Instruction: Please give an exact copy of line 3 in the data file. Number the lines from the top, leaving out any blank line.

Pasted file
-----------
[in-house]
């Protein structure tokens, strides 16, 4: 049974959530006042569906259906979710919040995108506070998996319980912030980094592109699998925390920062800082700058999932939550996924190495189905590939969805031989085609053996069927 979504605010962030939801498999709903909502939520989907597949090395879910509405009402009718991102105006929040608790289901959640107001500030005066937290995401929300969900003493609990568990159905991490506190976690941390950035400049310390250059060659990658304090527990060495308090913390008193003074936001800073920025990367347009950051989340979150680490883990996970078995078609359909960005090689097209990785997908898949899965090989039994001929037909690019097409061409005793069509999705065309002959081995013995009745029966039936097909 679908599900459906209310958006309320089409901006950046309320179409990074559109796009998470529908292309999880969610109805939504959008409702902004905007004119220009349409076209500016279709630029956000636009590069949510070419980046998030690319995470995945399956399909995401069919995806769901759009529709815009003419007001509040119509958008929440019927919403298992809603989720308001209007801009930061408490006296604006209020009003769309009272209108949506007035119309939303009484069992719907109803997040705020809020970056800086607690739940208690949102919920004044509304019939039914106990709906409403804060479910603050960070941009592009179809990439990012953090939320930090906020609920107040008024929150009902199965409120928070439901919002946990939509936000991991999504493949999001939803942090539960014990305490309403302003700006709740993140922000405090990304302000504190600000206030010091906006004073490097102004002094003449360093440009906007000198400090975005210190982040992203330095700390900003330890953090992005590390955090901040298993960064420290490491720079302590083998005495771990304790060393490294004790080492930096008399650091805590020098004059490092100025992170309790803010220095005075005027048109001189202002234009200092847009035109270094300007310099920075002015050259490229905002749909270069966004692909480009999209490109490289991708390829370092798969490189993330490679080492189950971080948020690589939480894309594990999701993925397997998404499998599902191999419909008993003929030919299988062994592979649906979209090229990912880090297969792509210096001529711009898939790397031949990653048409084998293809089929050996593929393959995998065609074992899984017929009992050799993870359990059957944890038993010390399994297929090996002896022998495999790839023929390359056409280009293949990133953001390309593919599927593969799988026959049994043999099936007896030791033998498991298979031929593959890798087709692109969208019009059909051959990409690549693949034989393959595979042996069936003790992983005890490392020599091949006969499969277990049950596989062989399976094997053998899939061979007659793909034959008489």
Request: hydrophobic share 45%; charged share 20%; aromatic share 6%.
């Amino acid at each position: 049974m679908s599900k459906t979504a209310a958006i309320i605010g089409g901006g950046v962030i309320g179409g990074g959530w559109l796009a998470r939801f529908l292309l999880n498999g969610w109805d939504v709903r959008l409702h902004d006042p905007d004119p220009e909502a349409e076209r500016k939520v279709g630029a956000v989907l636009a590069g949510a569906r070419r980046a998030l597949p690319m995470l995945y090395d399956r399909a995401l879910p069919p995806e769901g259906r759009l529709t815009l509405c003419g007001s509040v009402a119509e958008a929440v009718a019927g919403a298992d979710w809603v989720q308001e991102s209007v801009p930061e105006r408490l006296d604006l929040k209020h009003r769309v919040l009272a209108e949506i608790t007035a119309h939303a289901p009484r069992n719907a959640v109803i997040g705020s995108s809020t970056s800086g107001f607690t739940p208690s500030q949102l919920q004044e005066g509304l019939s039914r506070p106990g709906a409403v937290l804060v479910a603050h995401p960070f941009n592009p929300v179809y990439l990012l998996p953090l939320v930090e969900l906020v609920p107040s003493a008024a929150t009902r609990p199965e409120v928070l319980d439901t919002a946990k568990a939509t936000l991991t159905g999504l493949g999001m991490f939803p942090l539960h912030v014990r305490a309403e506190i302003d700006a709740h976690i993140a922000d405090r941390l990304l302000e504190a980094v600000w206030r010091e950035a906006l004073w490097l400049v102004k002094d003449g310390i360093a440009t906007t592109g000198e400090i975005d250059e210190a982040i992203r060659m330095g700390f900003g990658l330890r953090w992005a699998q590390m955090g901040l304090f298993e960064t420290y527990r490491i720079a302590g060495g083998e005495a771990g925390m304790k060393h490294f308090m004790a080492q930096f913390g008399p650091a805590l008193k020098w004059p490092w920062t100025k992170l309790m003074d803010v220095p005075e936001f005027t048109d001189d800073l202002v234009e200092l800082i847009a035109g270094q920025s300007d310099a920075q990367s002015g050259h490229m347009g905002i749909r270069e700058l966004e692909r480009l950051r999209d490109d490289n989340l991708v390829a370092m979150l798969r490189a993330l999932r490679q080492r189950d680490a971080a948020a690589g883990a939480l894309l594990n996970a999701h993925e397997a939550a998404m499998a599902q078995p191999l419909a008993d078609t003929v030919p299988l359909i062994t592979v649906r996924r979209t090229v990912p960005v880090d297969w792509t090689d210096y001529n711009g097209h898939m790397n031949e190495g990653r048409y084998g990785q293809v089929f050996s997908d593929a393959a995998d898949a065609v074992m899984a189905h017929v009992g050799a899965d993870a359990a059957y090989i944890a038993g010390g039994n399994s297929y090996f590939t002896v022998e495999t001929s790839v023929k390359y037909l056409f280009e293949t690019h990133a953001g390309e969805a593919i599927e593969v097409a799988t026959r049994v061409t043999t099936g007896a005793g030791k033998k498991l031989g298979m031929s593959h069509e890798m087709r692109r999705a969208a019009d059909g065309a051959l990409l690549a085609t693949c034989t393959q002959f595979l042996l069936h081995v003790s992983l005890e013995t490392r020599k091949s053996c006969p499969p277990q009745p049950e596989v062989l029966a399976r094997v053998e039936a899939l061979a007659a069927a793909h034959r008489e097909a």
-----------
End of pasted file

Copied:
Request: hydrophobic share 45%; charged share 20%; aromatic share 6%.